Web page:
Abstract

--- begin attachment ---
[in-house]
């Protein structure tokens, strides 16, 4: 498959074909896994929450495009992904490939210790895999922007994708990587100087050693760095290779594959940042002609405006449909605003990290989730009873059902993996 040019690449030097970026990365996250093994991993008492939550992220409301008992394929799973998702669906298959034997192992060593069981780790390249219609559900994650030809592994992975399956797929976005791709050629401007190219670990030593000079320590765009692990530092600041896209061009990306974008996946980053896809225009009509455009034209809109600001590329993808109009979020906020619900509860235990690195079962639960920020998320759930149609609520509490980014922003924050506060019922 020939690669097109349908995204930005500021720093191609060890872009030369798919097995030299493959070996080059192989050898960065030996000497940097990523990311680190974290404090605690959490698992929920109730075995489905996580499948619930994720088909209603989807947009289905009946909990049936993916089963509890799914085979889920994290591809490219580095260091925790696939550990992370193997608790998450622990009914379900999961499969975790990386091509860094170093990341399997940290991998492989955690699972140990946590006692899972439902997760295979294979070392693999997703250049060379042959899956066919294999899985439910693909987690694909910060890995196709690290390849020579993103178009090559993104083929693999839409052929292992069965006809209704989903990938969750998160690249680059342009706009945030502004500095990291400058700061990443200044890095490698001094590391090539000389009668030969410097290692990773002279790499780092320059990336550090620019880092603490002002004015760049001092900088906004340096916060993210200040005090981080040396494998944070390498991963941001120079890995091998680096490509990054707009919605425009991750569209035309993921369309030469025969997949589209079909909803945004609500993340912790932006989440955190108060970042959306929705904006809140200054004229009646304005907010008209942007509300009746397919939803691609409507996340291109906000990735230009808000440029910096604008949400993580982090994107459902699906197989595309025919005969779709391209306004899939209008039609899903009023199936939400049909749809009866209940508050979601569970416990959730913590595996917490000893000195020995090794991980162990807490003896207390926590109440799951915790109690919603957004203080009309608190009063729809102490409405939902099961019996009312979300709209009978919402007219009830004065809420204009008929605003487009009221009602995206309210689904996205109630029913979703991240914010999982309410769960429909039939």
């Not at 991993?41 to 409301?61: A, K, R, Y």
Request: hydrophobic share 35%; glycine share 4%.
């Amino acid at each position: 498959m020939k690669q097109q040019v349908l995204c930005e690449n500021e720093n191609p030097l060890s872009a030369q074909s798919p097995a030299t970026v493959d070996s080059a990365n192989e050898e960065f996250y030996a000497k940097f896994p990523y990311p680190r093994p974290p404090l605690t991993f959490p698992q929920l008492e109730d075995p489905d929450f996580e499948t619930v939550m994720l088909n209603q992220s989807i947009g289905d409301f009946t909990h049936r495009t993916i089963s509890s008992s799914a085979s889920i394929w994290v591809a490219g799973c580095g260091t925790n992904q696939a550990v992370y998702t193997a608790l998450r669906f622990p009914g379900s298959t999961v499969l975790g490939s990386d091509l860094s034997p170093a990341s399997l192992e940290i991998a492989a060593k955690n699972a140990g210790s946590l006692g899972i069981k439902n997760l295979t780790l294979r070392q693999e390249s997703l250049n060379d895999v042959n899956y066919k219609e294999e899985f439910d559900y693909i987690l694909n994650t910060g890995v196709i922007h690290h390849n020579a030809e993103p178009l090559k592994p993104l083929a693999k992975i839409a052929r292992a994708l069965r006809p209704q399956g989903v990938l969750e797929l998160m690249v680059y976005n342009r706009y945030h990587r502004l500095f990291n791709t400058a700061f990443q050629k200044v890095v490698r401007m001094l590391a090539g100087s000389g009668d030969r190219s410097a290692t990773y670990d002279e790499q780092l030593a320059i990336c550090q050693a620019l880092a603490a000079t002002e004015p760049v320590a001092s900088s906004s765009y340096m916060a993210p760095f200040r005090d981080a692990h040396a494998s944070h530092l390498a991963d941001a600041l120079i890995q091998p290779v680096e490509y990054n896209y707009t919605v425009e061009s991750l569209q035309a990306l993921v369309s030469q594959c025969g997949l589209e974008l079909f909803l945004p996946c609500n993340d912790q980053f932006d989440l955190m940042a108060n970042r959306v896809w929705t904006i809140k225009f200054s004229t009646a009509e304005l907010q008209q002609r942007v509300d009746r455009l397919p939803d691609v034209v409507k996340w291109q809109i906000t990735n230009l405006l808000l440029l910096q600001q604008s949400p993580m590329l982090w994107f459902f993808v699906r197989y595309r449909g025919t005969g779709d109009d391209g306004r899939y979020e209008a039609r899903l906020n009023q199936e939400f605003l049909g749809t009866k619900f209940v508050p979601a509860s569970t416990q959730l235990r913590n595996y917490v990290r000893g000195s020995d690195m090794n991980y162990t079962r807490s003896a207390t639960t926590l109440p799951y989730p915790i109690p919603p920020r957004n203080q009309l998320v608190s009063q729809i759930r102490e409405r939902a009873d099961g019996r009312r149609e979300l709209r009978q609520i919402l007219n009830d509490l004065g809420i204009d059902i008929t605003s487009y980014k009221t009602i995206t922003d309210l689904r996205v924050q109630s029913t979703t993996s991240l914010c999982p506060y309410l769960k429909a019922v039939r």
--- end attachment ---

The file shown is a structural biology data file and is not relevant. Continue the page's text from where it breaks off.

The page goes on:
The H1N1 pandemic of 2009 devastated Indigenous communities worldwide. In order to explain infection patterns and prevent repeating history in future pandemics, associations with infection were investigated. This revealed that the vulnerability of Indigenous communities to infection was associated with poor performance on measurements of social determinants of health. Several policy recommendations pertaining to non-pharmaceutical interventions, prioritization of scarce health care resources, and pandemic planning are made to improve this situation. The best approach would be to empower Indigenous communities to take control over and improve local conditions. Success of such strategies in the battle against other Indigenous health issues suggests that these interventions would be invaluable against emerging infectious disease.

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